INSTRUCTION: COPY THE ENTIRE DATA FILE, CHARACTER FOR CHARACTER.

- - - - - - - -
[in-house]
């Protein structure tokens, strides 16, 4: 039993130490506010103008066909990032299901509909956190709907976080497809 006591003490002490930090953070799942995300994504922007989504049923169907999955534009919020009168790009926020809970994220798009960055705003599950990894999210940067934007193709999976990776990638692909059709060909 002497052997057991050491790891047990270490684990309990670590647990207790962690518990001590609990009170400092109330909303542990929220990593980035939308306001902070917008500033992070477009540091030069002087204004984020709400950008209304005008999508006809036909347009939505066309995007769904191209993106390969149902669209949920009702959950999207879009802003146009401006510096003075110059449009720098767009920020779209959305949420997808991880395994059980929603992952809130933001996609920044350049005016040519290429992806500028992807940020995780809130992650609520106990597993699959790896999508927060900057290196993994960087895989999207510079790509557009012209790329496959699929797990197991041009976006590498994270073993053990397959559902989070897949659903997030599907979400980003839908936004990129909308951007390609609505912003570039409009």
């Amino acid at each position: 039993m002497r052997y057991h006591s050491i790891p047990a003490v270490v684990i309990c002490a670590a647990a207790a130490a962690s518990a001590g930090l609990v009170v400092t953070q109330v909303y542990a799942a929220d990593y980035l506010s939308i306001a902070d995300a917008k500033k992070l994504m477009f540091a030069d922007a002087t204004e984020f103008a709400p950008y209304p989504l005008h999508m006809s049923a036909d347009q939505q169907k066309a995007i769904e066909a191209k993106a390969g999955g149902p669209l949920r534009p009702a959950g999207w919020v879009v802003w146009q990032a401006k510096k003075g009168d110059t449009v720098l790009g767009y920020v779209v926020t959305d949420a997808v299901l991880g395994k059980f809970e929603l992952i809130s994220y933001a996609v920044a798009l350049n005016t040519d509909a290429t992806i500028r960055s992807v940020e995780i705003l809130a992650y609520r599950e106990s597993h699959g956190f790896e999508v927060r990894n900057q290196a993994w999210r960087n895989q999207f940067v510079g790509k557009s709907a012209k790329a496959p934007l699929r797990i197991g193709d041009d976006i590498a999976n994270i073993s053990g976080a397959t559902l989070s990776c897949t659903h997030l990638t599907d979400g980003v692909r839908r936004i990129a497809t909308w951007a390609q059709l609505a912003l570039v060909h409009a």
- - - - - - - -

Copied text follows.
[in-house]
């Protein structure tokens, strides 16, 4: 039993130490506010103008066909990032299901509909956190709907976080497809 006591003490002490930090953070799942995300994504922007989504049923169907999955534009919020009168790009926020809970994220798009960055705003599950990894999210940067934007193709999976990776990638692909059709060909 002497052997057991050491790891047990270490684990309990670590647990207790962690518990001590609990009170400092109330909303542990929220990593980035939308306001902070917008500033992070477009540091030069002087204004984020709400950008209304005008999508006809036909347009939505066309995007769904191209993106390969149902669209949920009702959950999207879009802003146009401006510096003075110059449009720098767009920020779209959305949420997808991880395994059980929603992952809130933001996609920044350049005016040519290429992806500028992807940020995780809130992650609520106990597993699959790896999508927060900057290196993994960087895989999207510079790509557009012209790329496959699929797990197991041009976006590498994270073993053990397959559902989070897949659903997030599907979400980003839908936004990129909308951007390609609505912003570039409009």
């Amino acid at each position: 039993m002497r052997y057991h006591s050491i790891p047990a003490v270490v684990i309990c002490a670590a647990a207790a130490a962690s518990a001590g930090l609990v009170v400092t953070q109330v909303y542990a799942a929220d990593y980035l506010s939308i306001a902070d995300a917008k500033k992070l994504m477009f540091a030069d922007a002087t204004e984020f103008a709400p950008y209304p989504l005008h999508m006809s049923a036909d347009q939505q169907k066309a995007i769904e066909a191209k993106a390969g999955g149902p669209l949920r534009p009702a959950g999207w919020v879009v802003w146009q990032a401006k510096k003075g009168d110059t449009v720098l790009g767009y920020v779209v926020t959305d949420a997808v299901l991880g395994k059980f809970e929603l992952i809130s994220y933001a996609v920044a798009l350049n005016t040519d509909a290429t992806i500028r960055s992807v940020e995780i705003l809130a992650y609520r599950e106990s597993h699959g956190f790896e999508v927060r990894n900057q290196a993994w999210r960087n895989q999207f940067v510079g790509k557009s709907a012209k790329a496959p934007l699929r797990i197991g193709d041009d976006i590498a999976n994270i073993s053990g976080a397959t559902l989070s990776c897949t659903h997030l990638t599907d979400g980003v692909r839908r936004i990129a497809t909308w951007a390609q059709l609505a912003l570039v060909h409009a």